Monday, September 20, 2010


From the famous Miocene deposits of Calvert Cliffs, MD come these large shells of a species of Geoduck (pronounced Gooey-duck... I don't make these things up people). The name is a bastardization of a native american name which meant "dig deep" as the modern species lives 3-4 feet deep in the muds of intertidal mud flats.

One of the odder aspects of it's anatomy is that it's shells do not meet up all the way around like most pelecypod species.

This is because the animal lives buried very deep in the mud and so does not need any defenses like a sealed shell to protect itself. This is what the modern animal looks like:

Image taken by Jesper Rautell Balle and copied from Wikimedia Commons

As you can see the soft body of the calm fills and expands beyond the confines of it's shell. The long fleshy extension out of the top of the shell is the siphon which is what the animal uses to suck in and expel water in it's search for food. In North America, the modern species Panopea generosa is now confined to the coastal regions of the Pacific from Oregon up into Canada, around the Aleutians and down along the northeast coast of Asia. They are commercially farmed and harvested in the Puget Sound area of Washington State and are considered a delicacy in Asia.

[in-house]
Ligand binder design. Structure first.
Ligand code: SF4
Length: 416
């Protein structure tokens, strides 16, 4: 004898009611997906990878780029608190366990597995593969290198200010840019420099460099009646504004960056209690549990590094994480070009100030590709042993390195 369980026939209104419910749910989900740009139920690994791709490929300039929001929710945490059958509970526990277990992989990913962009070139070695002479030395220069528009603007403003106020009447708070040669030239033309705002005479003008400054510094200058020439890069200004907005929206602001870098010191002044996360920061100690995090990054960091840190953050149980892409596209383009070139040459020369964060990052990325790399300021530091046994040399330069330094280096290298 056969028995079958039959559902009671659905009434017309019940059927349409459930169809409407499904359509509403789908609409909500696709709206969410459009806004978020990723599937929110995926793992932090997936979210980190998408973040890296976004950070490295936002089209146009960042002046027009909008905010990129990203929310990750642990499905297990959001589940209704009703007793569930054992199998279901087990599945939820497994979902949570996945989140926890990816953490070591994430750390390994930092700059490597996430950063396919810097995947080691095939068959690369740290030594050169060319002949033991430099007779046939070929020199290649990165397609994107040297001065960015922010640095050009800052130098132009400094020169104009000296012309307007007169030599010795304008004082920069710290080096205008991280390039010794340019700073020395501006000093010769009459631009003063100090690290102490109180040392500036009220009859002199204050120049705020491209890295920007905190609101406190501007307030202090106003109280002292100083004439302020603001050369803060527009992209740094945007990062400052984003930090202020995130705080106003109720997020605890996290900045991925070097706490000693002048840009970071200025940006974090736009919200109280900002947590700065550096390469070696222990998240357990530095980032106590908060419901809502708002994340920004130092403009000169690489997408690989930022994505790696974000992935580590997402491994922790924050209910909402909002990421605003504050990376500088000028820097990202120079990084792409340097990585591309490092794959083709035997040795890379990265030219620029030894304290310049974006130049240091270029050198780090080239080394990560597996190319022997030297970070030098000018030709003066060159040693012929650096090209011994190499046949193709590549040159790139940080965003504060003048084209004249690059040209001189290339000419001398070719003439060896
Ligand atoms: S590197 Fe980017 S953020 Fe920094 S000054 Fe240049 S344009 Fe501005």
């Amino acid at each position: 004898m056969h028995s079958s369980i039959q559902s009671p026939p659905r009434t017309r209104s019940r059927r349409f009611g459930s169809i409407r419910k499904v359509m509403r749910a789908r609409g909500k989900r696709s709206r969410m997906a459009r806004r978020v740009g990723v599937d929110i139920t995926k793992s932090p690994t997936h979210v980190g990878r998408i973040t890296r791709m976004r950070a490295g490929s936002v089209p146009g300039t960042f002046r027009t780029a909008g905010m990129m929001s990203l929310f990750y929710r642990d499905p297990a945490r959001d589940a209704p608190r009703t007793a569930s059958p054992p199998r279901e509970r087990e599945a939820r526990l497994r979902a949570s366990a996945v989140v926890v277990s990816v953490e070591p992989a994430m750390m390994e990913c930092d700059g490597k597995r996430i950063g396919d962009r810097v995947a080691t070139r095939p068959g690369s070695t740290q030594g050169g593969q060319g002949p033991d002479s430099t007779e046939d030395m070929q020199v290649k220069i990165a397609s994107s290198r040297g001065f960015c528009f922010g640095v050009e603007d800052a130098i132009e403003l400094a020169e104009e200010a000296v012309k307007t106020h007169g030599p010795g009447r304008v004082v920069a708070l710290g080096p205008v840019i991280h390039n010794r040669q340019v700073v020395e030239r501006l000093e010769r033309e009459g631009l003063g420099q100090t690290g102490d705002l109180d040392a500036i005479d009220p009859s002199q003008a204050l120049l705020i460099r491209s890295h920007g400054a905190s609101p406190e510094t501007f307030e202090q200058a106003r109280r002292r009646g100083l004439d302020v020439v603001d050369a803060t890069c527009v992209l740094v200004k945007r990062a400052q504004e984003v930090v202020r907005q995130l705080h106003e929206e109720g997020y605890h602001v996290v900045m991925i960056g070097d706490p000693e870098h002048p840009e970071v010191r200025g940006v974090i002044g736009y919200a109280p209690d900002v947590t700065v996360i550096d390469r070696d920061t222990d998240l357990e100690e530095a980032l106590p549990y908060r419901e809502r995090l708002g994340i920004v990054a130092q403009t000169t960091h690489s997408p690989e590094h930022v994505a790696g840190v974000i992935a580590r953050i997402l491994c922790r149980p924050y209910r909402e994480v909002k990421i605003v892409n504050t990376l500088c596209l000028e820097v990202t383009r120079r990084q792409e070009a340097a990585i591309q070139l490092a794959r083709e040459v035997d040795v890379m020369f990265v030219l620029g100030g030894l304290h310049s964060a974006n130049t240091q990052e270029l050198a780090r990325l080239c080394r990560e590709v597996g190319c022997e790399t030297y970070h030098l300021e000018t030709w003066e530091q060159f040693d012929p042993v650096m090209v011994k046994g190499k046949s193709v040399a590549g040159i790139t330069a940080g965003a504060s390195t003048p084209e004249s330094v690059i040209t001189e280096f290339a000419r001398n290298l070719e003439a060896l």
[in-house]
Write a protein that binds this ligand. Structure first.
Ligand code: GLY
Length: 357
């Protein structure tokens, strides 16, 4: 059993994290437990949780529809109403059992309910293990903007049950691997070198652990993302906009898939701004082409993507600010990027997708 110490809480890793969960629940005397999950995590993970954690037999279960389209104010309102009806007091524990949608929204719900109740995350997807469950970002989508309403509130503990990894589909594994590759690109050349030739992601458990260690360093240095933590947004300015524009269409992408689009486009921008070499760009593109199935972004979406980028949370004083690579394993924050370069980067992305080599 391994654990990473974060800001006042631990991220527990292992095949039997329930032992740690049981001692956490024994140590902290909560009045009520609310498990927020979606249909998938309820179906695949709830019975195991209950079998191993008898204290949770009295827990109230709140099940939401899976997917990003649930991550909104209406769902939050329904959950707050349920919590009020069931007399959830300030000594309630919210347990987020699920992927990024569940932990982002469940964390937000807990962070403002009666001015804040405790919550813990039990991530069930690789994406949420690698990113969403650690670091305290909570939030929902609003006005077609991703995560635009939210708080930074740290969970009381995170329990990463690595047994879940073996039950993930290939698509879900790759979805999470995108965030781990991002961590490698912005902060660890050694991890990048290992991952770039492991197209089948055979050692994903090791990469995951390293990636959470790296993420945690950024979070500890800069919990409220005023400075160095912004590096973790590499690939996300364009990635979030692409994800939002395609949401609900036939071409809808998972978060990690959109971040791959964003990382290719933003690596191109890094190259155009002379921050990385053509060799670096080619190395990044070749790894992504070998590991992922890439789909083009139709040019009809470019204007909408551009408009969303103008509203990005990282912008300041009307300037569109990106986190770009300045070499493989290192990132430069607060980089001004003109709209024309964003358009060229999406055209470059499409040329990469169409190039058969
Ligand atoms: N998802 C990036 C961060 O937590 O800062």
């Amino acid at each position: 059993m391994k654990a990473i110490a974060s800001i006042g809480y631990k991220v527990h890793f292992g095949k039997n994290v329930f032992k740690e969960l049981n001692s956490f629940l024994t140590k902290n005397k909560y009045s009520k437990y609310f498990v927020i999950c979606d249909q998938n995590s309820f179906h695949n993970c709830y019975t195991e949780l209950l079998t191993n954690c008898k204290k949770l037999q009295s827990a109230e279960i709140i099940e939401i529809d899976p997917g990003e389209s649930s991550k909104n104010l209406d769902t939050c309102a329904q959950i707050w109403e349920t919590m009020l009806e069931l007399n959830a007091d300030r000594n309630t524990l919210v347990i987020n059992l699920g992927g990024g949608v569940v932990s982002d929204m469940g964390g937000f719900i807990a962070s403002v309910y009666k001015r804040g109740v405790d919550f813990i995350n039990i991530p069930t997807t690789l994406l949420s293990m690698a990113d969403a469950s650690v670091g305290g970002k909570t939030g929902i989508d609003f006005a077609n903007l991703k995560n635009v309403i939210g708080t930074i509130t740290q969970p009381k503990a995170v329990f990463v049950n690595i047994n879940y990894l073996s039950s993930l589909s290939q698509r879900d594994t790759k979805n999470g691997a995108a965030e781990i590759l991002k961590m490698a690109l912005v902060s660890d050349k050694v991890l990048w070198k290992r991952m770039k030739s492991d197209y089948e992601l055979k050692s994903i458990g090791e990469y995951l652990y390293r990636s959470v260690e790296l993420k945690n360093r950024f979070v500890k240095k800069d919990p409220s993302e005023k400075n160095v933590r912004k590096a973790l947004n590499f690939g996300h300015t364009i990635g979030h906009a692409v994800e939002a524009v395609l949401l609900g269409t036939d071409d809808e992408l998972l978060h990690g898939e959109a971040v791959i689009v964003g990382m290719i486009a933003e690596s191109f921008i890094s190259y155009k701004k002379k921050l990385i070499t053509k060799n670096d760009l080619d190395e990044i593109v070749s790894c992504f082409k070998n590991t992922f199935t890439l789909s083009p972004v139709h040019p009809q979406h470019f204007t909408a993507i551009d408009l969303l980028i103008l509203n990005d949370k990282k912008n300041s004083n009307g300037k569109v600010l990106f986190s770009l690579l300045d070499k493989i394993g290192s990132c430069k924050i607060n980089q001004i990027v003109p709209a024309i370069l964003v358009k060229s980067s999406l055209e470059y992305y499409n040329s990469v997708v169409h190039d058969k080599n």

The fossil shells that I've collected are likely Panopea americana although there are two other species described from the cliff deposits: P. whitfieldi and P. goldfussii. These same shells are found in Miocene deposits in Florida

One of the valves that I've collected has an interesting growth feature along one edge.

These are called "blister pearls" is an area of extra shell growth, likely over some irritant, and is similar in nature to an actual pearl. Due to the large size of the shell it can be difficult to collect these intact from the cliffs. The best way is to find a block that has fallen from the cliff and search it for the shells.

They also find a fossil species of Geoduck in the Pliocene of Florida: Panopea floridana. Below is one such specimen that still has the sediment (and associated shells) intact within the the shells.


  1. Hi Dave, your shells of picture 1 are P. americana from USA? you have other photos using a scale to show their size better?

  2. Hello Ignacio, No I don't have any photos with scale but I can tell you the individual shells are easily 6" (15cm) in width.